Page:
Diplomatic Reception Rooms, U.S. Department of State

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Object Details

Attributed to Nicholas Bernard (Carver, d. 1789)
ca. 1760-1780
United States: Pennsylvania: Philadelphia
North American
wood; mahogany; eastern white pine; Atlantic white cedar; yellow-poplar
Overall: 40 1/2 in x 23 1/2 in x 32 in; 102.87 cm x 59.69 cm x 81.28 cm
Miss Ella Parsons of Philadelphia; sold at American Art Association/Anderson Galleries, New York, Sale 4262, May 14-15,1936, Lot 362; the Westport, Massachusetts, dealer William H. Coburn; to the Fine Arts Committee through purchase
"III" incised on front and rear rails; engraved brass plate "The Personal Property/of/Ella Parson" rear seat rail; loan number "38-1928-38" from the Philadelphia Museum of Art painted on reverse of shoe, when Miss Parsons loaned chairs for exhibition, 1928-1936
Credit Line
Funds donated by Mrs. Elizabeth G. Schneider
The Diplomatic Reception Rooms, U.S. Department of State, Washington, D.C.
Accession Number

Related Objects

Chippendale Carved Mahogany Chair

Chippendale Carved Mahogany Chair

Bernard, Nicholas
ca. 1760-1765
wood; mahogany; yellow-poplar; Atlantic white cedar

Object Essay

This chair retains the overall configuration of the tassel-back design popular in Philadelphia, but differs in minor details of its carving, which is more elaborate in some areas and less well developed in others than on related chairs.1Conger and Rollins, Treasures of State, cat. no. 23 (Acc. No 71.140). These chairs were exhibited in the Girl Scouts loan exhibition (see Girl Scouts, no. 648), and are illustrated in Antiques 123, no. 5 (May 1983): 879. The ruffled vine ornament at the center of the crest rail, for example, is more contained within the shape of the crest than are the boldly scalloped shells carved on other examples. A third variation on this design incorporates latticework in place of either a shell or vines.2See Flanigan, no. 8. The acanthus leaves that descend along the outer straps of the interlaced splat are richly carved here. They are less rigid than the gadrooning found on other chairs, which converges at the center of the shoe and complements the lobed shell above. The molded stiles here were less costly to execute than the cabled fluting used on more expensive chairs, and their relative plainness contrasts with the elaborately carved banister. Finally, the beaded scrolls that converge at the center of the front seat rail undercut the mass of the wood, whereas the bold shell on other variants enhances the solidity of their stout mahogany rails.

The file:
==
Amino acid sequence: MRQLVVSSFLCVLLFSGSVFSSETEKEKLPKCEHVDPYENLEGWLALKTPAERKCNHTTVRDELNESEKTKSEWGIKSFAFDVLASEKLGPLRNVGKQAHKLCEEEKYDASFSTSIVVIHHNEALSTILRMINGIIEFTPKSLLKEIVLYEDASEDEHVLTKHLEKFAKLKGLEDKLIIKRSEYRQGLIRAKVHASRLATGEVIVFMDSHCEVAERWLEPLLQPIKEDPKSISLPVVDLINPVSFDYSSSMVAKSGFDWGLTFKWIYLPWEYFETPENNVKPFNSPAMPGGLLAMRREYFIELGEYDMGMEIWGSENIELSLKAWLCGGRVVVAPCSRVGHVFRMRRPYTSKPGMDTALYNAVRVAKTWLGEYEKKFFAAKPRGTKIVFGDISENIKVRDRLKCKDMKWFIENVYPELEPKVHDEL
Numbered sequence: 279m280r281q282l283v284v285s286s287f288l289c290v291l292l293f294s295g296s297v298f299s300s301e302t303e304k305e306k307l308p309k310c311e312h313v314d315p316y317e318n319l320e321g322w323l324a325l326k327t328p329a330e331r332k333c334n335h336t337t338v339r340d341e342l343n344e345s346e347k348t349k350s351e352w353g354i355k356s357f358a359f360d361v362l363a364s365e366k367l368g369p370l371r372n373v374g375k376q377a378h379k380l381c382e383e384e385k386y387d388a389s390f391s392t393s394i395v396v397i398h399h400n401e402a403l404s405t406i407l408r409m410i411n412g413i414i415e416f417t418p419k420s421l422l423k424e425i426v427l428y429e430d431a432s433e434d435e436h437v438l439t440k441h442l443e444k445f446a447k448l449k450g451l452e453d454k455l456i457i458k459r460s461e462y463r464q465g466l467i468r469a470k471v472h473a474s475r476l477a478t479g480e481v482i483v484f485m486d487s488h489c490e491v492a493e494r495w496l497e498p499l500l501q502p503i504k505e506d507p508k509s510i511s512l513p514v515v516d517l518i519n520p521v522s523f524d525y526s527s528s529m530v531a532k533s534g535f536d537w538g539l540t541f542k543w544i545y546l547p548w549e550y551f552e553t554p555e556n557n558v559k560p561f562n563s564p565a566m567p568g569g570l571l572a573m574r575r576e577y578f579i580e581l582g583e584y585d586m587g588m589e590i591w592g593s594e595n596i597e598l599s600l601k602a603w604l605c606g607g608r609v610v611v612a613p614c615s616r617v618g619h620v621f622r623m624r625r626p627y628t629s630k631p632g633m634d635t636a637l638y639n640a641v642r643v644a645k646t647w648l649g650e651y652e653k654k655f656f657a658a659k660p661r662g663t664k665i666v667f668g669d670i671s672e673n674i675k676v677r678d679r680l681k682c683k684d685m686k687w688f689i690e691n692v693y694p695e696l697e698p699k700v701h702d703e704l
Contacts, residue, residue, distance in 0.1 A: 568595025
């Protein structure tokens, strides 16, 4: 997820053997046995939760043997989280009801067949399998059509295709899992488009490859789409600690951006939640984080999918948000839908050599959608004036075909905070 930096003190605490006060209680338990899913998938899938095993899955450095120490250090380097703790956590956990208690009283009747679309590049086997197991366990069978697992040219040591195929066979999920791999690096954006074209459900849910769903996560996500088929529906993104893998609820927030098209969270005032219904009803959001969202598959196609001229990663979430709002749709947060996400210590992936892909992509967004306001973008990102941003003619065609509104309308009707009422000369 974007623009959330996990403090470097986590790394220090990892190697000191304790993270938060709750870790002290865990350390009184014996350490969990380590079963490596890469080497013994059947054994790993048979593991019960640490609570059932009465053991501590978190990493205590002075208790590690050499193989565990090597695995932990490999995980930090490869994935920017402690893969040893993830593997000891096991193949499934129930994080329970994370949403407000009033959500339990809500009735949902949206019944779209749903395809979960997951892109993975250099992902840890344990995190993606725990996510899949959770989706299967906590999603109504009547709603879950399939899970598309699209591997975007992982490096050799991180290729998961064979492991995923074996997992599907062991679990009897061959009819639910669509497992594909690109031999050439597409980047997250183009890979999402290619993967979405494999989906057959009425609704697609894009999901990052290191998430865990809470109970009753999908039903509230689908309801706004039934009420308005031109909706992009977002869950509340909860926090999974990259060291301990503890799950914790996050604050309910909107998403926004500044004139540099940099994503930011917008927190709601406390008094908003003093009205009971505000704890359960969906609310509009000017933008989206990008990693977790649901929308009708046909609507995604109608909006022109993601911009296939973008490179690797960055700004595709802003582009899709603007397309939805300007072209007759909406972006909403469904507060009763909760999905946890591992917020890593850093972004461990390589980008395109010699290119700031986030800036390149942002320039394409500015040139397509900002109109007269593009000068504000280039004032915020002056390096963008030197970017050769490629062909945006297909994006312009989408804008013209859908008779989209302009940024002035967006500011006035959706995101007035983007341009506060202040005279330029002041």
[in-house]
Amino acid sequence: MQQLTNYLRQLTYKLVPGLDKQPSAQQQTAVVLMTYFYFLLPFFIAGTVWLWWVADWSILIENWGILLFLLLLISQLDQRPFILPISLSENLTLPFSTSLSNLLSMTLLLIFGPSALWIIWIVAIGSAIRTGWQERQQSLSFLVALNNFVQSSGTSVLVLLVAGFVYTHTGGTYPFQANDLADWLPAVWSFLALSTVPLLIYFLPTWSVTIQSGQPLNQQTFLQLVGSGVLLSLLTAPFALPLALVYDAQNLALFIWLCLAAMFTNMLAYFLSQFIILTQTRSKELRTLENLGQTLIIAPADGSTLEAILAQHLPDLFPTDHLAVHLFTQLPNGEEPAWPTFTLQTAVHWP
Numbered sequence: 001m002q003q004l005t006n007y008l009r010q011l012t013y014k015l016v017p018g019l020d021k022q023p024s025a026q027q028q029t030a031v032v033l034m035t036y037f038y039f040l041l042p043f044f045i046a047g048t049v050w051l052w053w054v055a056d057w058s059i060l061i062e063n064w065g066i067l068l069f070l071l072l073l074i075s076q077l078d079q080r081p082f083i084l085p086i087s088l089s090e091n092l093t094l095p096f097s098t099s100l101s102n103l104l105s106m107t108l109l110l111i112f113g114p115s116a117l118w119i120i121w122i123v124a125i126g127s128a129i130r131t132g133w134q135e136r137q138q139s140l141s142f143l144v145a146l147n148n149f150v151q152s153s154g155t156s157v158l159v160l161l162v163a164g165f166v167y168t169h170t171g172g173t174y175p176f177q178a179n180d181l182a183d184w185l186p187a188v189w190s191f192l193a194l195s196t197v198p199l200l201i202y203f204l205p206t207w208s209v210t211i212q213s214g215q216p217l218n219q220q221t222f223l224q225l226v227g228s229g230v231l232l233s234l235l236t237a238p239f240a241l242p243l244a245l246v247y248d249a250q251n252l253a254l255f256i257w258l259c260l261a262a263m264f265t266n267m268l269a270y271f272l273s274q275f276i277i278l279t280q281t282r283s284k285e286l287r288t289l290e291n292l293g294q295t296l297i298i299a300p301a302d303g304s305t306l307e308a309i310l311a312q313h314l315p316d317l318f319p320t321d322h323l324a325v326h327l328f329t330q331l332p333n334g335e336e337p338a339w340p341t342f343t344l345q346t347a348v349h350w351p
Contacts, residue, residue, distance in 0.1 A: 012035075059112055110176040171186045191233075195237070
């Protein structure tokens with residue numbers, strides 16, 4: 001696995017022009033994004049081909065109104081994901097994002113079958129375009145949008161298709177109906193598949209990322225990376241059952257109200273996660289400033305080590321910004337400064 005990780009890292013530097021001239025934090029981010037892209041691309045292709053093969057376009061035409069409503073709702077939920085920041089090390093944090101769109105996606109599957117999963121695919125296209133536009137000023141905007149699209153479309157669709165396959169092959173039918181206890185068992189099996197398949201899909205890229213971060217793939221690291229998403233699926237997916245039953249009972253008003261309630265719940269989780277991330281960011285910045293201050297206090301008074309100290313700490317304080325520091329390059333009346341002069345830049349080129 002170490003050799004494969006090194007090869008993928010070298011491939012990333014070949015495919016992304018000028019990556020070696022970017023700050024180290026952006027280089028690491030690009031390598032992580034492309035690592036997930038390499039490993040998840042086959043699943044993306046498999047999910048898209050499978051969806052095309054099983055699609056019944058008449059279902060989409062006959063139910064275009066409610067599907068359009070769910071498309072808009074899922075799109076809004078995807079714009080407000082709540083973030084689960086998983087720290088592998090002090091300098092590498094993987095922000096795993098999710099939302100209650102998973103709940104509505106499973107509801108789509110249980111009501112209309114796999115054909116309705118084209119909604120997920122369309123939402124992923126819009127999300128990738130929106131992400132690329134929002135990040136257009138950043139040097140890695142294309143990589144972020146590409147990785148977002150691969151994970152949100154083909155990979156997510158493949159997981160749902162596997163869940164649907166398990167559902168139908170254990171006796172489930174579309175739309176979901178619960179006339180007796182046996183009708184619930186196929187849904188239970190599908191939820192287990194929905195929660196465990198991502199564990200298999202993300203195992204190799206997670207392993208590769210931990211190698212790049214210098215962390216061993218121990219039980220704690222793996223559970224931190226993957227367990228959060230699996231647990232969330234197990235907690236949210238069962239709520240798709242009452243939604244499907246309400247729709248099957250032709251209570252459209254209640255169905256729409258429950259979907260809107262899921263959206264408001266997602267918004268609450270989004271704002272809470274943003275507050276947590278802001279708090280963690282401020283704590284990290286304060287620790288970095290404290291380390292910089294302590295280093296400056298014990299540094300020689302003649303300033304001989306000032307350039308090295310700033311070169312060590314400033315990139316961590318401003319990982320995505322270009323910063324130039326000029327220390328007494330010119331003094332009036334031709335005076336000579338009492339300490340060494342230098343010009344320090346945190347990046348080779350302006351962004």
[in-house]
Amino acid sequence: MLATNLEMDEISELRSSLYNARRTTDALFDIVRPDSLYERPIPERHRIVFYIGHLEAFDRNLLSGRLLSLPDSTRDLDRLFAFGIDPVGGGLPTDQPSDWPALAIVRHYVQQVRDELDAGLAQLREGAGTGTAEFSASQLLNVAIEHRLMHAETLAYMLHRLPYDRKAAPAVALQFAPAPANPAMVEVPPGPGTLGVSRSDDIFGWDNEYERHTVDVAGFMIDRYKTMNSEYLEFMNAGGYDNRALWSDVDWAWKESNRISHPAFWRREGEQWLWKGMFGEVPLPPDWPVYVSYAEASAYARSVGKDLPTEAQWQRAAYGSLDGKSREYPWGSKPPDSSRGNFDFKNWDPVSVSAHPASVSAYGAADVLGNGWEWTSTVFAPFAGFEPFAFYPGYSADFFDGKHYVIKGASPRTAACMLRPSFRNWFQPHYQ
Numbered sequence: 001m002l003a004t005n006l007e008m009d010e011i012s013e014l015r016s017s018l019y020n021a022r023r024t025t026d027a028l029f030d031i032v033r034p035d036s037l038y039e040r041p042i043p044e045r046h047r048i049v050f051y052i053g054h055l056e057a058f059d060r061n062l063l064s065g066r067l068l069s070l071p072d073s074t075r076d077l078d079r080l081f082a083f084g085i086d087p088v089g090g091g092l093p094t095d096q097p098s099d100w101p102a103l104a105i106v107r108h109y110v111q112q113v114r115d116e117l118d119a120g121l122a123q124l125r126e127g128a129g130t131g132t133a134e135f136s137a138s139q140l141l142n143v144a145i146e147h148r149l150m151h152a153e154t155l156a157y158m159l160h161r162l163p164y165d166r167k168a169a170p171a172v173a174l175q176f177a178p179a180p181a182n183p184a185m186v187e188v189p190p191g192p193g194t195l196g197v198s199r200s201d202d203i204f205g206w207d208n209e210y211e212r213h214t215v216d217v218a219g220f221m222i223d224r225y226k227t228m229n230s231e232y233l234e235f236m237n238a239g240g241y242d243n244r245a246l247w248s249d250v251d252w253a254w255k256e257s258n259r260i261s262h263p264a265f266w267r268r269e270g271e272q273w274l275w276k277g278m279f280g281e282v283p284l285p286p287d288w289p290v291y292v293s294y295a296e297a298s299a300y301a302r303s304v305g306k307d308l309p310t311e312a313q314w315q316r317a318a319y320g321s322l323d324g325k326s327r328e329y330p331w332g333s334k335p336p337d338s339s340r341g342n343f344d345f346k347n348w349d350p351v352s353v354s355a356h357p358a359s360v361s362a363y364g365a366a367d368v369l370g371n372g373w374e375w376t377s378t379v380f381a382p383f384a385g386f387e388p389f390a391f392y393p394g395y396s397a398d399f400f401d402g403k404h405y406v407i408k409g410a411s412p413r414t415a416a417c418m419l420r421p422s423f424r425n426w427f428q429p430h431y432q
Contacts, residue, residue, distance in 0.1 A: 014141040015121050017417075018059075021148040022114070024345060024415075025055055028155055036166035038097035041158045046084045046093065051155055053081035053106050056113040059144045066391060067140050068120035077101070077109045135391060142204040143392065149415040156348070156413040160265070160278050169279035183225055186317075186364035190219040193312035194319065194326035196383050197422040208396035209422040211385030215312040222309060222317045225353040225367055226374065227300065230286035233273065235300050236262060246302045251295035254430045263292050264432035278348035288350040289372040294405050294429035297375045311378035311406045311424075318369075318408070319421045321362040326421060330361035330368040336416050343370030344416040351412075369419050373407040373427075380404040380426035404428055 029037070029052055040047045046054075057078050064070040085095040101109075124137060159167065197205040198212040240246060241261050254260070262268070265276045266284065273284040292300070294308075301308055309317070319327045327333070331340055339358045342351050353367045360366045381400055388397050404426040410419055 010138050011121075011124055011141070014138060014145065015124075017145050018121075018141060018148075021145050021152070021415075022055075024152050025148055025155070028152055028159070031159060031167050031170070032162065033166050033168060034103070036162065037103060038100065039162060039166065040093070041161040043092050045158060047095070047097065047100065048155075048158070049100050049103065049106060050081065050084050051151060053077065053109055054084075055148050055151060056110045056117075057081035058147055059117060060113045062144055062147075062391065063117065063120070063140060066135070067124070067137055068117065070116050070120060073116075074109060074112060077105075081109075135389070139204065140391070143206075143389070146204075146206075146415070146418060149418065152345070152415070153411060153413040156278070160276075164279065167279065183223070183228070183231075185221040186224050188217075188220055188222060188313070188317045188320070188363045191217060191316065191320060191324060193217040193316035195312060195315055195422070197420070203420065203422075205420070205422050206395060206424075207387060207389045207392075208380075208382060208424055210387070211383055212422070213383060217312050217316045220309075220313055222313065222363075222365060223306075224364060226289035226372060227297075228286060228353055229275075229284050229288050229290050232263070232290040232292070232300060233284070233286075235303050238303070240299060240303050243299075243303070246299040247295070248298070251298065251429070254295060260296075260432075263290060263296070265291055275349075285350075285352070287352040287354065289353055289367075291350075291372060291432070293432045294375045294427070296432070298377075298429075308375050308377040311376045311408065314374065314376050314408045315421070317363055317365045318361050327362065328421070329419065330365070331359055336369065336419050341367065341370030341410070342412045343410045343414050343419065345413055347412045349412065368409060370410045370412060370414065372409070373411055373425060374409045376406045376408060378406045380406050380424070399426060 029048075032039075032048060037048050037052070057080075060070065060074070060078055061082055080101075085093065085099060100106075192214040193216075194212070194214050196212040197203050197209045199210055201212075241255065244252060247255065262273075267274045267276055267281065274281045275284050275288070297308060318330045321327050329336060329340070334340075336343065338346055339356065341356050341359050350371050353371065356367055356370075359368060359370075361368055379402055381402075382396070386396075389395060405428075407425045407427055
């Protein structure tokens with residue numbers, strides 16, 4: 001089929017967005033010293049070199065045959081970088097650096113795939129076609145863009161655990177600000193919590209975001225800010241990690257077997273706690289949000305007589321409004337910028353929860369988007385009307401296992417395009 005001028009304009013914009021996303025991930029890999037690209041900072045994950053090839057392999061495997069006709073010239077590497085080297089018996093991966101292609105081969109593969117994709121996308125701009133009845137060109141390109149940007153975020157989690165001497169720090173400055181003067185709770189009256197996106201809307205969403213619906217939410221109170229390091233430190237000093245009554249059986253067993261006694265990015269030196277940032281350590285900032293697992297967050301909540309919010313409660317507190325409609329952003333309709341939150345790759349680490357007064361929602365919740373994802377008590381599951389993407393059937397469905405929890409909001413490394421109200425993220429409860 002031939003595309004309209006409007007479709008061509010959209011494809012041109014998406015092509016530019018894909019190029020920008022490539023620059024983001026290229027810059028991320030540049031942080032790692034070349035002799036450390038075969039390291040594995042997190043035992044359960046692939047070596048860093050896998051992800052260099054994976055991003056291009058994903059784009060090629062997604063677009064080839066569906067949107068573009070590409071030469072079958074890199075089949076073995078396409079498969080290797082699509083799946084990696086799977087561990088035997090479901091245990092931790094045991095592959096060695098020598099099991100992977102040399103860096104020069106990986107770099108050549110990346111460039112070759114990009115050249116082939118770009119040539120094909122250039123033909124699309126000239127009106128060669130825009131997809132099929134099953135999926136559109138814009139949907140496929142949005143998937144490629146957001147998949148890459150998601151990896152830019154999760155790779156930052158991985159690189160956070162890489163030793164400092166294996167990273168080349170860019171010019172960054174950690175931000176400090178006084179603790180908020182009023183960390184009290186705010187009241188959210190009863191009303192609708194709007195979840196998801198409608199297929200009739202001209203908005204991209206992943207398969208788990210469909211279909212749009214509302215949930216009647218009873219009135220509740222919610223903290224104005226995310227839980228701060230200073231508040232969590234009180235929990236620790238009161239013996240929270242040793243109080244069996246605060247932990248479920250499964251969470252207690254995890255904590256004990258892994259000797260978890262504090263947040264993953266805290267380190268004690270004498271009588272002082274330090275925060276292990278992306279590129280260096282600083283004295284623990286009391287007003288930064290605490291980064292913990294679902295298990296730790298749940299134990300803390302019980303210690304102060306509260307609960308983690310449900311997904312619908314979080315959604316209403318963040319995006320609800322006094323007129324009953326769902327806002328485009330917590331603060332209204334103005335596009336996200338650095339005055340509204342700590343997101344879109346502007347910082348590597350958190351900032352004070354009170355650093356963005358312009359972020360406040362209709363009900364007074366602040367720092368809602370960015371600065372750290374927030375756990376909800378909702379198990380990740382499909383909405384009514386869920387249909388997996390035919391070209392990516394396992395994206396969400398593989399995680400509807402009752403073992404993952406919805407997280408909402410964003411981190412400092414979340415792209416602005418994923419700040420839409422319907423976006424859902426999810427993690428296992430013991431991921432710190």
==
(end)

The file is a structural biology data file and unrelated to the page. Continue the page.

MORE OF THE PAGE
The same double scrolls appear on the front seat rails of chairs labeled by Thomas Tufft and by James Gillingham, as well as many other unattributed Philadelphia chairs, thus confirming the popularity of this design probably among several different cabinet shops.3See Hummel 1976, 67–68. An early owner of this chair, Ella Parsons, was a descendant of William Parsons, the surveyor general of Philadelphia, who succeeded Benjamin Franklin as head of the Library Company of Philadelphia.4Advertisement, Antiques 132, no. 5 (November 1987): 857. Although it is possible that Miss Parsons had inherited these chairs from their original owners, she was well known as a collector in her own right, and the chairs were exhibited at the Philadelphia Museum of Art from 1928 to 1936. Her collection was gradually dispersed in several auctions in the 1930s.

Thomas S. Michie

Excerpted from Jonathan L. Fairbanks. Becoming a Nation: Americana from the Diplomatic Reception Rooms, U.S. Department of State. New York: Rizzoli, 2003.